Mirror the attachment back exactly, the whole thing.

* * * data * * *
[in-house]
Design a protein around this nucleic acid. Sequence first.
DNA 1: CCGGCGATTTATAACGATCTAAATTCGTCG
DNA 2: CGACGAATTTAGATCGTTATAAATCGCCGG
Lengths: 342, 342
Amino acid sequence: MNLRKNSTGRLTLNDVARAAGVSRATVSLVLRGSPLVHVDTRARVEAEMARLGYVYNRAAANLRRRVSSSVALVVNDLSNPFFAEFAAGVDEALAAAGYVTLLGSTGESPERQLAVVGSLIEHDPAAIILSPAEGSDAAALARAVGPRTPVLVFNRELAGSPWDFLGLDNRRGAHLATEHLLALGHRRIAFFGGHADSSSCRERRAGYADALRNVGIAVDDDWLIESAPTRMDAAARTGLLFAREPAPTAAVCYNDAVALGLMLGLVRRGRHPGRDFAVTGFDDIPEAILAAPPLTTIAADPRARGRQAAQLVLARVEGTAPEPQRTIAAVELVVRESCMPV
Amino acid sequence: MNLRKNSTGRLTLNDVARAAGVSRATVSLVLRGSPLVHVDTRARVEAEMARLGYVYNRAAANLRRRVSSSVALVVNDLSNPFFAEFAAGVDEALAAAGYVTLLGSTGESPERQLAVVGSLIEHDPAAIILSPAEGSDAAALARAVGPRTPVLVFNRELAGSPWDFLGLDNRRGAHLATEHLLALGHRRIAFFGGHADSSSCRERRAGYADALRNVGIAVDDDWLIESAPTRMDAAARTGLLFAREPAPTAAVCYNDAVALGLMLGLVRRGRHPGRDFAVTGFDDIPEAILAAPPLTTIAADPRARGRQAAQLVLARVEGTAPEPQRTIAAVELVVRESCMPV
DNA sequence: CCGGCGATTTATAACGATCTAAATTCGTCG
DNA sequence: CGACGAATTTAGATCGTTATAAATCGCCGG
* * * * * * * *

[in-house]
Design a protein around this nucleic acid. Sequence first.
DNA 1: CCGGCGATTTATAACGATCTAAATTCGTCG
DNA 2: CGACGAATTTAGATCGTTATAAATCGCCGG
Lengths: 342, 342
Amino acid sequence: MNLRKNSTGRLTLNDVARAAGVSRATVSLVLRGSPLVHVDTRARVEAEMARLGYVYNRAAANLRRRVSSSVALVVNDLSNPFFAEFAAGVDEALAAAGYVTLLGSTGESPERQLAVVGSLIEHDPAAIILSPAEGSDAAALARAVGPRTPVLVFNRELAGSPWDFLGLDNRRGAHLATEHLLALGHRRIAFFGGHADSSSCRERRAGYADALRNVGIAVDDDWLIESAPTRMDAAARTGLLFAREPAPTAAVCYNDAVALGLMLGLVRRGRHPGRDFAVTGFDDIPEAILAAPPLTTIAADPRARGRQAAQLVLARVEGTAPEPQRTIAAVELVVRESCMPV
Amino acid sequence: MNLRKNSTGRLTLNDVARAAGVSRATVSLVLRGSPLVHVDTRARVEAEMARLGYVYNRAAANLRRRVSSSVALVVNDLSNPFFAEFAAGVDEALAAAGYVTLLGSTGESPERQLAVVGSLIEHDPAAIILSPAEGSDAAALARAVGPRTPVLVFNRELAGSPWDFLGLDNRRGAHLATEHLLALGHRRIAFFGGHADSSSCRERRAGYADALRNVGIAVDDDWLIESAPTRMDAAARTGLLFAREPAPTAAVCYNDAVALGLMLGLVRRGRHPGRDFAVTGFDDIPEAILAAPPLTTIAADPRARGRQAAQLVLARVEGTAPEPQRTIAAVELVVRESCMPV
DNA sequence: CCGGCGATTTATAACGATCTAAATTCGTCG
DNA sequence: CGACGAATTTAGATCGTTATAAATCGCCGG